LAKE:  Oh, wait a minute!


LAKE:  Now, Susan, they were going to go ahead to trial.  The judge rejected the plea deal, so the defense was ready to go, if the prosecutor was.

FILAN:  No, Lauren!

LAKE:  but I think the prosecutor wasn‘t ready to go!

COSBY:  But Lauren, what do you make of her behavior...


COSBY:  Lauren, what do you make of her behavior?


LAKE:  Look, I‘m not a big Debra Lafave fan.  Let‘s keep it straight, OK?  But the bottom line is, is the woman may have some type of mental illness, and if they went to trial, it would have come up.  And let me also just say this.  There may be things in this trial that none of us know, since we‘re not privy to all of the information, that that young man did not want to come out and that his mother did not want him to go through.  And if the interests of justice means looking at the big picture and not just conviction, but the bigger picture in the sense that this boy does not want to be traumatized any further, then it is what it is, and we all need to move on...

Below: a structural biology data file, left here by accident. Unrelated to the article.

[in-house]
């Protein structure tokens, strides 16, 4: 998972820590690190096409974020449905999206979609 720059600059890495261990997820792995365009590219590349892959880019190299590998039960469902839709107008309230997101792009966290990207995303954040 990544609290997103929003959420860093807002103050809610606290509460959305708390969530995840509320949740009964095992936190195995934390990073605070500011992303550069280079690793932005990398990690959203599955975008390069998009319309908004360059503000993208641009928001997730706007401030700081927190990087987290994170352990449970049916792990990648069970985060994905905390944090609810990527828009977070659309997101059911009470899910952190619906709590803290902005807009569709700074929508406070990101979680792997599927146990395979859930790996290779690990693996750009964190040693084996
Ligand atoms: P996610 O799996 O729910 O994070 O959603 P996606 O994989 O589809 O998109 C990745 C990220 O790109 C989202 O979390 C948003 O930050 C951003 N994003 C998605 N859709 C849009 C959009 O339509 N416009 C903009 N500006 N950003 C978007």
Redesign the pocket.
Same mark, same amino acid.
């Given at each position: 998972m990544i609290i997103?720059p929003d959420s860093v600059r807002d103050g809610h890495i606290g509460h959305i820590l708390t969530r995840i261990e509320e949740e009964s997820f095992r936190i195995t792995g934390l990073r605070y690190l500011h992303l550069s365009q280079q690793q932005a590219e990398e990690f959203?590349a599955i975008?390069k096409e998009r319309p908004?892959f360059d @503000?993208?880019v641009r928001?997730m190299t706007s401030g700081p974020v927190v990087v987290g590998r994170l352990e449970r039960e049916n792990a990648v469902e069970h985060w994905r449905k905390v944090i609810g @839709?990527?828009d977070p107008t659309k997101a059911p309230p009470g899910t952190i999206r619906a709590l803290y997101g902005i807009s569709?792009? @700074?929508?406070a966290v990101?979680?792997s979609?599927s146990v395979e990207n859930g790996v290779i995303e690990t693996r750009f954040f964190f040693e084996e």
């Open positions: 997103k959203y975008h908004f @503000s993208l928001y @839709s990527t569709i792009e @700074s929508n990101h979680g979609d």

COSBY:  Susan, I‘ll give you five seconds.


COSBY:  Susan, last word.  Five seconds.

FILAN:  There‘s no way the bigger picture, there‘s no way the interest of justice is served in letting a child molester go free.  And the mental illness defense doesn‘t mean...

LAKE:  She‘s not free!

FILAN:  ... she didn‘t do it!

LAKE:  She‘s serving a sentence!

FILAN:  She did it!

FILAN:  And she‘s on house arrest in her other case.

COSBY:  All right, guys.  This is going to have to be the last word.

Coming up, everybody: Debra Lafave blamed having sex with a teenage boy, as you heard from Lauren, on bipolar disorder.  Could that really be what drove her to her crime?  I‘m going to ask an expert.  That‘s coming up.  And that‘s not all.

Still ahead, the exclusive details in the Aruba mystery that you heard first on LIVE AND DIRECT.